When I was growing up in Utah, every summer my parents would host an ice cream party for the neighborhood. My Mom was a nurse and my father was an electrician, and they loved people. Every year for 44 years on the last Monday in August, neighbors and friends would bring ice cream, bananas, cones and toppings and gather together for hours in the front yard just catching up and being a community. The night culminated in an epic water fight, led by my dad, that we all still talk about today. We didn’t all practice the same religion or have the same political beliefs, but as neighbors, we knew we could come together around ice cream and the joy it sparked in the kids and families who called our neighborhood home.
It’s the middle of winter here in North Idaho, but recent events have made me reflect on those childhood moments, and ask myself what I can do to create more “ice cream party” conversations in our community. As the leader of Heritage Health, which serves almost 30,000 patients each year with medical, dental, mental health and substance use disorder treatment, I’d like to believe that I’m in a position to do so.
Yet, for all the challenges of 2020, delivering care to a politically-divided patient base has been the toughest. When COVID-19 hit last March, we followed the CDC guidance, like all health care facilities. We began requiring masks to enter our facilities, which was, to say the least, not universally endorsed in our community. Many saw it as a threat to their personal freedoms.
Like other health care leaders, I attended many of the public health meetings regarding the mask mandate. I found myself outside visiting with someone with opposing views. When we didn’t end up finding common ground, this man looked at me and said: “Because you don’t agree with me, you are now my enemy and if I had my gun, I’d shoot you right here and now.”
Fortunately for me, he didn’t have his gun and things ended peacefully, but that moment really shook me to the core.
As CEO, I have to make tough decisions for the greater good of our teams and the people we serve. As with the mask requirement, sometimes this sets our employees up for confrontation and jeopardizes the sacred relationship between our health care teams and our patients. It doesn’t have to be this way.
Where we should have conversations and shared values, instead we have security guards screening for patients who threaten our medical staff. Last fall, a 115-pound medical assistant called me in tears after a 6’3, 280-pound man verbally assaulted her for simply following the policies that we implemented on the recommendation of the CDC. This isn’t the sort of thing people expect when they go into a career in health care and it represents the worst of our current situation.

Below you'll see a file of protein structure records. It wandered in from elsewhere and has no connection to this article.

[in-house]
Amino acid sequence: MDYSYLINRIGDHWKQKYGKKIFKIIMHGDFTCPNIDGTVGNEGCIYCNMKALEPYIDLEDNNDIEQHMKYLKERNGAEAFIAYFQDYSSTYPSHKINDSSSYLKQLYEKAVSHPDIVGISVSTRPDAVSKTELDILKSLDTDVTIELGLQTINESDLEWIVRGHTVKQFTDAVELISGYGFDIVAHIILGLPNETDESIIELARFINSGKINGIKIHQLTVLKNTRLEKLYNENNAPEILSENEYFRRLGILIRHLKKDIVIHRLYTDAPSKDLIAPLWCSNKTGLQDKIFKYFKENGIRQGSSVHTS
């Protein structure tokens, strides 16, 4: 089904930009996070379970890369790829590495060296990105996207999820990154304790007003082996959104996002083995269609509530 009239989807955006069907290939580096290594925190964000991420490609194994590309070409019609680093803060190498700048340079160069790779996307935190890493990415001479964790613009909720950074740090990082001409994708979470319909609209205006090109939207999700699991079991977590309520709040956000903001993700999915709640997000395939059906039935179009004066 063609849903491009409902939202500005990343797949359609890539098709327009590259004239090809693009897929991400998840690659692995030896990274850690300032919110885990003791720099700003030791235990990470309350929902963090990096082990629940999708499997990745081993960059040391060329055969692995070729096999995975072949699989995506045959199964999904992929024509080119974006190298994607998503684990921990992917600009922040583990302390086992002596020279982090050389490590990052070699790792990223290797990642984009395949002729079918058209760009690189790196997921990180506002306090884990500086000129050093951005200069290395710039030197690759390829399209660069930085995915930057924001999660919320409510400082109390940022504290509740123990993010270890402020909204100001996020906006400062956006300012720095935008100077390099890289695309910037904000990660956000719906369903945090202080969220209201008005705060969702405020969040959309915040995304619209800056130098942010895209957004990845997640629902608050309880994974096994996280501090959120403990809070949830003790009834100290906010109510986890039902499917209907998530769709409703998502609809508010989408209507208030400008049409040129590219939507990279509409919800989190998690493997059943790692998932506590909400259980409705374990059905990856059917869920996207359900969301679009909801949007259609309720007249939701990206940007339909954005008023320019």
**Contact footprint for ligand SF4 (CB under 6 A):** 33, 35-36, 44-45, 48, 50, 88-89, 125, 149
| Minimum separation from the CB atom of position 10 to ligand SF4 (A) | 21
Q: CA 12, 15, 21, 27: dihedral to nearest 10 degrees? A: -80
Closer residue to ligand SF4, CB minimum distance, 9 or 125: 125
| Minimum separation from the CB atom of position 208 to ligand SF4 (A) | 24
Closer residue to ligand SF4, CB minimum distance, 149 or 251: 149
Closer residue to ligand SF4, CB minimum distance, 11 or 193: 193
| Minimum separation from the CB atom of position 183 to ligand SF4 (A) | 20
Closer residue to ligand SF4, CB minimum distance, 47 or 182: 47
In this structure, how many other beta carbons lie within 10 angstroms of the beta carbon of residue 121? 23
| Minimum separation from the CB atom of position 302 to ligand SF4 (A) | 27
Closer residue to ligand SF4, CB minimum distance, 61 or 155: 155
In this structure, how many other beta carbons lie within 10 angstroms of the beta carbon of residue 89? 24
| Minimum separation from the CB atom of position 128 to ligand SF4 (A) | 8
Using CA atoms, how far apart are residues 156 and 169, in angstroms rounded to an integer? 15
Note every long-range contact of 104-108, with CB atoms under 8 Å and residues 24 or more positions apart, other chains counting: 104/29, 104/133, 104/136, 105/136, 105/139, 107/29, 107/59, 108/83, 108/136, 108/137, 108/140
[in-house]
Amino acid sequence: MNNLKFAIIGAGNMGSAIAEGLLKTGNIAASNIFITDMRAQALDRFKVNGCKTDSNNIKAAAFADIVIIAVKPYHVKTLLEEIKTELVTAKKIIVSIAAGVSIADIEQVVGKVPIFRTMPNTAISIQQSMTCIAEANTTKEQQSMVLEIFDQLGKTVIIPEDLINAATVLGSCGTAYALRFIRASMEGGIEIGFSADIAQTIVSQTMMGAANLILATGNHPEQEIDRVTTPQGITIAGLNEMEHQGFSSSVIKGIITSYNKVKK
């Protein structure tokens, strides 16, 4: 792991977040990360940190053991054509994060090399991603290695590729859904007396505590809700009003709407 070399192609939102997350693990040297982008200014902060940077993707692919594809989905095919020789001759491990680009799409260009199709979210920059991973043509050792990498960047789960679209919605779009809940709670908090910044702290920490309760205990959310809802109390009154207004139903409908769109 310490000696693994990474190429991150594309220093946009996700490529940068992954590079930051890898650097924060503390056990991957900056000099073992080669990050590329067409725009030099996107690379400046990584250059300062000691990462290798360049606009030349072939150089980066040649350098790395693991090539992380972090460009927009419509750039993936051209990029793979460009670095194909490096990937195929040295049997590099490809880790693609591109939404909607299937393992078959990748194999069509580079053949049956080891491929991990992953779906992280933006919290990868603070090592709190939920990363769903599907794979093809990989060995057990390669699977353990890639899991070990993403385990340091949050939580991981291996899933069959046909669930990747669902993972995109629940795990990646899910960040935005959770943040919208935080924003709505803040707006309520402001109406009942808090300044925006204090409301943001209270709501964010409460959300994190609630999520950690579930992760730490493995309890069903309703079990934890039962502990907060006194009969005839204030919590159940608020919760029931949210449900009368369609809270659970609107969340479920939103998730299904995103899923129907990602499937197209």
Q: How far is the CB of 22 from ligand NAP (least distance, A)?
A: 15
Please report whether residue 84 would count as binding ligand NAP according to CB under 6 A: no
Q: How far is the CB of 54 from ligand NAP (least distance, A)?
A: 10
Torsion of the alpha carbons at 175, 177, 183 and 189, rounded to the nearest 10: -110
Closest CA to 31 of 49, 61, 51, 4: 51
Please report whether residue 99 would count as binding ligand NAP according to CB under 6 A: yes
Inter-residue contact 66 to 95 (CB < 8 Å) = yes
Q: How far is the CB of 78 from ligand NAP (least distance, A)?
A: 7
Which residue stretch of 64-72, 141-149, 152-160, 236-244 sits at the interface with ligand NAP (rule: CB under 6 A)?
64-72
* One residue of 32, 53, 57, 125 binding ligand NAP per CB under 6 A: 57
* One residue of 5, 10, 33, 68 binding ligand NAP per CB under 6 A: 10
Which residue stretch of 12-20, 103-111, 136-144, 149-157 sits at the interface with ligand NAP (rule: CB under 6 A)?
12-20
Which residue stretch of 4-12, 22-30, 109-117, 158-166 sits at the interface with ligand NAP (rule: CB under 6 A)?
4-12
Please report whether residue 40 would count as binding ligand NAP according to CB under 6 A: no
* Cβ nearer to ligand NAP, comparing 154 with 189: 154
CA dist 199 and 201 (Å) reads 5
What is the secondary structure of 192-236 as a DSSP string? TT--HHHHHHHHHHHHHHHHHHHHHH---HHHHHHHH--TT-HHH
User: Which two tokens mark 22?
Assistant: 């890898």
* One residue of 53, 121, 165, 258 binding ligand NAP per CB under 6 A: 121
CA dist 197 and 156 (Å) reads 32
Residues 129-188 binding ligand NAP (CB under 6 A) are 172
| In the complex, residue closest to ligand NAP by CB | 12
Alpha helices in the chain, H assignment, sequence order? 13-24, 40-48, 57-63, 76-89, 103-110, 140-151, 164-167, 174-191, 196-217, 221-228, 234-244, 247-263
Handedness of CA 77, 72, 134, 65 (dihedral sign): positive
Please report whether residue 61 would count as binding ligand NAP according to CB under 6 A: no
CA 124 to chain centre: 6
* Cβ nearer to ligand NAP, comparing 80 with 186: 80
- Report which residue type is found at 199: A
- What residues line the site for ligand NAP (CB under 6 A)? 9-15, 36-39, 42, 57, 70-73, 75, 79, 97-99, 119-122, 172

In our mission to provide hope, inspire change and extend life, we don’t get to decide which half of our patient base we favor. At the end of the day, we truly don’t care who you voted for. We aren’t trying to force anything on you. Every health care professional I know works hard to serve our patients and guide them through their healthcare journey. We live and work by the values of mutual respect, common understanding and believing in the good in humanity. In my heart, I believe the silent majority of Idahoans are too.
It’s my nature to lay low, do my job well and raise my family in peace. But the past year has made me want to stand up and speak out more in our community. That’s why, in the coming months, Heritage Health, Marimn Health and other local leaders are creating a new initiative aimed at fostering civility through small group discussions with community members with diverse viewpoints. I believe this will help people learn how to actively listen, even when we disagree, and that we can create a safe space for robust discussions.
Leaders in health care must model appropriate, productive behavior. We cannot be sucked in to the latest conspiracy theory or movement of the moment. We need to be the steady ship in the sea for our teams, and they need to see us deal with different ideologies using the principles of civil discourse. We must model behavior that shows that it is okay to disagree, and that we can find common ground on most subjects if we are respectful and actively listen to the other side.
The quiet people like I was, living in the middle, are the secret to breaking the gridlock because they outnumber the small percentage of extremists on either side, even here in North Idaho.
I remain optimistic that we can apply the golden rule and join together as a community to end the extremism that is destroying our country.
Mike Baker is the CEO of Heritage Health.